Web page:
The doubtful, unknown ground upon which Mr. Taggett had been floundering was now firm under his feet,--unexpected ground, but solid. Meeting Mary Hennessey in the street, on his way to the marble yard, Mr. Taggett no longer hesitated to accost her, and question her as to the story she had told William Durgin. The girl's story was undoubtedly true, and as a piece of circumstantial evidence was only less important than the elder Shackford's note. The two cousins had been for years on the worst of terms. At every step Mr. Taggett had found corroboration of Wollaston's statement to that effect.
"Where were Coroner Whidden's eyes and ears," wrote Mr. Taggett,--the words were dashed down impatiently on the page, as if he had sworn a little internally while writing them,--"when he conducted that inquest! In all my experience there was never a thing so stupidly managed."
A thorough and immediate examination of Richard Shackford's private workshop was now so imperative that Mr. Taggett resolved to make it even if he had to do so under the authority of a search-warrant. But he desired as yet to avoid publicity.
A secret visit to the studio seemed equally difficult by day and night. In the former case he was nearly certain to be deranged by the servants, and in the latter a light in the unoccupied room would alarm any of the household who might chance to awaken. From the watchman no danger was to be apprehended, as the windows of the extension were not visible from the street.
Mr. Taggett finally decided on the night as the more propitious time for his attempt,--a decision which his success justified. A brilliant moon favored the in-door part of the enterprise, though it exposed him to observation in his approach from the marble yard to the veranda.
With the dense moonlight streaming outside against the window-shades, he could safely have used a candle in the studio instead of the screened lantern which he had provided. Mr. Taggett passed three hours in the workshop,--the last hour in waiting for the moon to go down. Then he stole through the marble yard into the silent street, and hurried home, carrying two small articles concealed under his blouse. The first was a chisel with a triangular piece broken out of the centre of the bevel, and the other was a box of safety-matches. The peculiarity of this box of matches was--that just one match had been used from it.
Mr. Taggett's work was done.
The last seven pages of the diary were devoted to a review of the case, every detail of which was held up in various lights, and examined with the conscientious pains of a lapidary deciding on the value of a rare stone. The concluding entries ran as follow:--
"Tuesday Night. Here the case passes into other hands. I have been fortunate rather than skillful in unmasking the chief actor in one of the most singular crimes that ever came under my investigation. By destroying three objects, very easily destroyed, Richard Shackford would have put himself beyond the dream of suspicion. He neglected to remove these dumb witnesses, and now the dumb witnesses speak! If it could be shown that he was a hundred miles from Stillwater at the time of the murder, instead of in the village, as he was, he must still be held, in the face of the proofs against him, accessory to the deed. These proofs, roughly summarized, are:--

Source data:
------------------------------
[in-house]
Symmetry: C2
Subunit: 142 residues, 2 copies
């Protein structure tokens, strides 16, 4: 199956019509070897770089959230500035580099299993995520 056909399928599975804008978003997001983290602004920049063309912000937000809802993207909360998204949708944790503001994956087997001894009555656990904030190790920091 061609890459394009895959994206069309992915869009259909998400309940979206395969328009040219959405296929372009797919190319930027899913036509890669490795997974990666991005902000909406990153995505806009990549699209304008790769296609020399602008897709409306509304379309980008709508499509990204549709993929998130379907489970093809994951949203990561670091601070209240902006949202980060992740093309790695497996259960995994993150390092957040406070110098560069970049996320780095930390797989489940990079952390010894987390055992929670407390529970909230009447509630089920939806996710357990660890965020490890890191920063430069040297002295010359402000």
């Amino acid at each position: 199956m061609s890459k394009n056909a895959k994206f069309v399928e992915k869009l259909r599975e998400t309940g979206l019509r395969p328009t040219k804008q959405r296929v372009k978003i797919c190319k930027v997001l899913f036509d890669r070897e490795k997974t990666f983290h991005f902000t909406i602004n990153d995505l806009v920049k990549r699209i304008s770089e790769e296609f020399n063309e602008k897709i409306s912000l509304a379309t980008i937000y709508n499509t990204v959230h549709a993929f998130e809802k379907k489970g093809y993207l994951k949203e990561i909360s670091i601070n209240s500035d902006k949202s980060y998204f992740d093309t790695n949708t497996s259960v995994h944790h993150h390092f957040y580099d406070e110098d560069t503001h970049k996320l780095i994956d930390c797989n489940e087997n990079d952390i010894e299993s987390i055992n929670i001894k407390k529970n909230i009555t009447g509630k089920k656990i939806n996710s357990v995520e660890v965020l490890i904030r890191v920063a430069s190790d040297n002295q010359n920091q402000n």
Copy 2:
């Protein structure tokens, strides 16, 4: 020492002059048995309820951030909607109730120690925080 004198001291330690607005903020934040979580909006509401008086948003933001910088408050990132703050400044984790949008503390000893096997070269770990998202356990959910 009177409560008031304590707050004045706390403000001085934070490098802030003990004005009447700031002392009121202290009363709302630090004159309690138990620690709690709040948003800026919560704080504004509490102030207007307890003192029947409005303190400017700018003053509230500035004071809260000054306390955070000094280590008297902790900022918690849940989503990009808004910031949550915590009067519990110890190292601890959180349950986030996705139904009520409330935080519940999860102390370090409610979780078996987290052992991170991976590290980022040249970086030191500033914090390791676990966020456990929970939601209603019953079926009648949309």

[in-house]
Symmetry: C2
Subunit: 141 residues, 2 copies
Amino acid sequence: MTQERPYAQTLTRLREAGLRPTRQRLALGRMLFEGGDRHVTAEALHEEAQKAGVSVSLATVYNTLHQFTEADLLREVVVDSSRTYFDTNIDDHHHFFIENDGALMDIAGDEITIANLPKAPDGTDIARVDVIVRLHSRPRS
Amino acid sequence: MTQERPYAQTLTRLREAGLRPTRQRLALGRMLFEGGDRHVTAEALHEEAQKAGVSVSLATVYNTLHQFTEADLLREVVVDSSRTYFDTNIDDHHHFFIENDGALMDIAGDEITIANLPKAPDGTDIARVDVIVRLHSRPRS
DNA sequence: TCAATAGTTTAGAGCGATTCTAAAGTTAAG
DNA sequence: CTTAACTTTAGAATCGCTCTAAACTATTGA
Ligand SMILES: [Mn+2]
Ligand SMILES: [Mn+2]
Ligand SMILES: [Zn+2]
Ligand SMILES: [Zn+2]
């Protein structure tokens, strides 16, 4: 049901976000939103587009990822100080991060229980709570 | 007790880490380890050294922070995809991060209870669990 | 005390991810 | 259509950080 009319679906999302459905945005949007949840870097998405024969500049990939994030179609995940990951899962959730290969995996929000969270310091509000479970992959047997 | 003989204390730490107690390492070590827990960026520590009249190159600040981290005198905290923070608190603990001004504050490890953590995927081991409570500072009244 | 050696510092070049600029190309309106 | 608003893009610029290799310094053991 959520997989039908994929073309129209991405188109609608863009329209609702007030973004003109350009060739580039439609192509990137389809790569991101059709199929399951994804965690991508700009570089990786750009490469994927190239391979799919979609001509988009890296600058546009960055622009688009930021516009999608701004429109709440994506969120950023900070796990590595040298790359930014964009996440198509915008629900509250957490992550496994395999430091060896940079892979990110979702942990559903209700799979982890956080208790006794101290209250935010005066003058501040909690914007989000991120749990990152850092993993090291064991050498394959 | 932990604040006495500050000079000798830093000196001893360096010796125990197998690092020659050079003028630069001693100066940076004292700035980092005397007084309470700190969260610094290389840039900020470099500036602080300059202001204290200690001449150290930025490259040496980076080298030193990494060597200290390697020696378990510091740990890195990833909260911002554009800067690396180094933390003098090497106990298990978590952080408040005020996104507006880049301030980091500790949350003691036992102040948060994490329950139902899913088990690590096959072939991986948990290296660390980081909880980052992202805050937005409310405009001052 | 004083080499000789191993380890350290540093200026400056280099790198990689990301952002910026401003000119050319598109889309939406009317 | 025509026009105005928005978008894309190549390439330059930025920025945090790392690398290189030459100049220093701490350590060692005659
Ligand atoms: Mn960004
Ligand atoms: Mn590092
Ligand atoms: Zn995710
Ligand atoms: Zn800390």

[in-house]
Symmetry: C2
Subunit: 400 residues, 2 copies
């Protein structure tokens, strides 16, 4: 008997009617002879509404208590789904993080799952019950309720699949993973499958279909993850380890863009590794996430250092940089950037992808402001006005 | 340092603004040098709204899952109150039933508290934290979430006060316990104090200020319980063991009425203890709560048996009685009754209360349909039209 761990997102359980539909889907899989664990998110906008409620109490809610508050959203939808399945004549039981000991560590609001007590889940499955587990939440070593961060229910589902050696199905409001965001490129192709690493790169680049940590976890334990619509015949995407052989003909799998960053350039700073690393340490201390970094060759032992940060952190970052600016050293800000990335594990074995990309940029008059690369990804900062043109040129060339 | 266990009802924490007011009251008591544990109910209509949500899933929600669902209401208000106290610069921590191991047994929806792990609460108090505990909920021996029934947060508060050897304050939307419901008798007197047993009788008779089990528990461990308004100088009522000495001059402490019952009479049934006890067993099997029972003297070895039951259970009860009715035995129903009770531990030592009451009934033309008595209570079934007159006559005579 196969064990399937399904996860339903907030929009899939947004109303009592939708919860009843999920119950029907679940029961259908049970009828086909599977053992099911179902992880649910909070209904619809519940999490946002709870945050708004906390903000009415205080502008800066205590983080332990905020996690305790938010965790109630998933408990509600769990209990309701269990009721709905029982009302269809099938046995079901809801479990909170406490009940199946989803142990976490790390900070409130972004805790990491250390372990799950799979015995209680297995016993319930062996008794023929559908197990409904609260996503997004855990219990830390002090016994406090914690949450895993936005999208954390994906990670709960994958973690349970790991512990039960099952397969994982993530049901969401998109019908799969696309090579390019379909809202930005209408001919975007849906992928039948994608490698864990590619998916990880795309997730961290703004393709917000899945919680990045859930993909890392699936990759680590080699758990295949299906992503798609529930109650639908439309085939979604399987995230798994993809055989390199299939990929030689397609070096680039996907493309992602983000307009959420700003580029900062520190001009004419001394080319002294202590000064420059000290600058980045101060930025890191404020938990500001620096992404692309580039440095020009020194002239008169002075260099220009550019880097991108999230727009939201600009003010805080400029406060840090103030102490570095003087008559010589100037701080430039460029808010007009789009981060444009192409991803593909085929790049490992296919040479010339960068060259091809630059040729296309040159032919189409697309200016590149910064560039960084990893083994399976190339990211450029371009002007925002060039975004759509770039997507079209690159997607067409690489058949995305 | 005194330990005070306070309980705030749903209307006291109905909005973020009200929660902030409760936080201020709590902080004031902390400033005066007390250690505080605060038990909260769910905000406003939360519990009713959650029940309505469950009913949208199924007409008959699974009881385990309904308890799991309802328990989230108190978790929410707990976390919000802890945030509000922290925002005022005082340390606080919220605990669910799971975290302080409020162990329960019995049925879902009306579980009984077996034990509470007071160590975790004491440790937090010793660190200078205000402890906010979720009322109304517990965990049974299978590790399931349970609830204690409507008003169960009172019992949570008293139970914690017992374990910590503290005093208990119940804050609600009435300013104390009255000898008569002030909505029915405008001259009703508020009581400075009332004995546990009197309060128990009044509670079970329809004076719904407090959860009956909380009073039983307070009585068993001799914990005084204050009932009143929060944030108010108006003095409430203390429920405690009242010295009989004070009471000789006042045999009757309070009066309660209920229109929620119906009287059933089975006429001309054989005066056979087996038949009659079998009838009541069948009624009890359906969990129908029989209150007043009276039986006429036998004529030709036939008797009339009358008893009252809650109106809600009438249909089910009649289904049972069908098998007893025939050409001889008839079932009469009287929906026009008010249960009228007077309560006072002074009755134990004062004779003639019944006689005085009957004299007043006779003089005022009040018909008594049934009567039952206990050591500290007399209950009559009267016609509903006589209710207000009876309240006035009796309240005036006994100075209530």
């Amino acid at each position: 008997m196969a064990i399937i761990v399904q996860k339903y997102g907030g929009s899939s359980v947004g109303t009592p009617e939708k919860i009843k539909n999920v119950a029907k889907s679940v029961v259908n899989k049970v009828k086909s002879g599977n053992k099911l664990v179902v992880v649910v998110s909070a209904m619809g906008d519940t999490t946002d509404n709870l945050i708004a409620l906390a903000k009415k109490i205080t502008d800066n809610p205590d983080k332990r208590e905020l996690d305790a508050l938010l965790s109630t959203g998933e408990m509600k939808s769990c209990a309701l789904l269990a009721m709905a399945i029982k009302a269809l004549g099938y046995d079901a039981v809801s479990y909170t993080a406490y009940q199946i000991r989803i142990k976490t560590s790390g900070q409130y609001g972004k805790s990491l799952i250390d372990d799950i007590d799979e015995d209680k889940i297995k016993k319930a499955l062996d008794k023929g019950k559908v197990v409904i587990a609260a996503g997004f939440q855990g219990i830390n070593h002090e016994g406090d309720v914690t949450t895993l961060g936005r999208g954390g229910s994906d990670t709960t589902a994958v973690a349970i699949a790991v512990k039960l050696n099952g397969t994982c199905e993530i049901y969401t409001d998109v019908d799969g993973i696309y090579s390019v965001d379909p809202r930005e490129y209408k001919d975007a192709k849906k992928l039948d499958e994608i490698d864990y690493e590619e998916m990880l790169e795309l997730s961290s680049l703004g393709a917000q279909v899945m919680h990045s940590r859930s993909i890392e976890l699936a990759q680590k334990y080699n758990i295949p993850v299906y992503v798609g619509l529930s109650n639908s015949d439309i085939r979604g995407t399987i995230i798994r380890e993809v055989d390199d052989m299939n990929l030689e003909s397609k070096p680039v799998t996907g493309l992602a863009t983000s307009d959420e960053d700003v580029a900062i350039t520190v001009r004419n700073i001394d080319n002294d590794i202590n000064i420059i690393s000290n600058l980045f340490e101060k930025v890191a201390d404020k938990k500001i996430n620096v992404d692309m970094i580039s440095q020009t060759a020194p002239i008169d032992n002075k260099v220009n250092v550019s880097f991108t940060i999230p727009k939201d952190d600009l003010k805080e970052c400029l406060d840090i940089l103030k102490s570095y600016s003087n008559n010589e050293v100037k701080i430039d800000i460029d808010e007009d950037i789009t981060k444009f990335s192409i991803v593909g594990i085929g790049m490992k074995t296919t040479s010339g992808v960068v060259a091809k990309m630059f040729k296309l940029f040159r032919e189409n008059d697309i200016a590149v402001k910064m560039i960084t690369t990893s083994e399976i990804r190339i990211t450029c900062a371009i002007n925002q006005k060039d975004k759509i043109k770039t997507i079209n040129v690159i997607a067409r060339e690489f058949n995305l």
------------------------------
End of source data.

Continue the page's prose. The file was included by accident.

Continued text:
"First. The fact that he had had an altercation with his cousin a short time previous to the date of the murder,--a murder which may be regarded not as the result of a chance disagreement, but of long years of bitter enmity between the two men.
"Secondly. The fact that Richard Shackford had had an appointment with his cousin on the night the crime was committed, and had concealed that fact from the authorities at the time of the coroner's inquest.
"Thirdly. That the broken chisel found in the private workshop of the accused explains the peculiar shape of the wound which caused Lemuel Shackford's death, and corresponds in every particular with the plaster impression taken of that wound.
"Fourthly. That the partially consumed match found on the scullery floor when the body was discovered (a style of match not used in the house in Welch's Court) completes the complement of a box of safety-matches belonging to Richard Shackford, and hidden in a closet in his workshop.
"Whether Shackford had an accomplice or not is yet to be ascertained. There is nothing whatever to implicate Mr. Rowland Slocum. I make the statement because his intimate association with one party and his deep dislike of the other invited inquiry, and at first raised an unjust suspicion in my mind."
The little red book slipped from Mr. Slocum's grasp and fell at his feet. As he rose from the chair, the reflection which he caught of himself in the dressing-table mirror was that of a wrinkled, white old man.
Mr. Slocum did not believe, and no human evidence could have convinced him, that Richard had deliberately killed Lemuel Shackford; but as Mr. Slocum reached the final pages of the diary, a horrible probability insinuated itself in his mind. Could Richard have done it accidentally? Could he--in an instant of passion, stung to sudden madness by that venomous old man--have struck him involuntarily, and killed him? A certain speech which Richard had made in Mr. Slocum's presence not long before came back to him now with fearful emphasis:--
"Three or four times in my life I have been carried away by a devil of a temper which I couldn't control, it seized me so unawares."
"It seized me so unawares!" repeated Mr. Slocum, half aloud; and then with a swift, unconscious gesture, he pressed his hands over his ears, as if to shut out the words.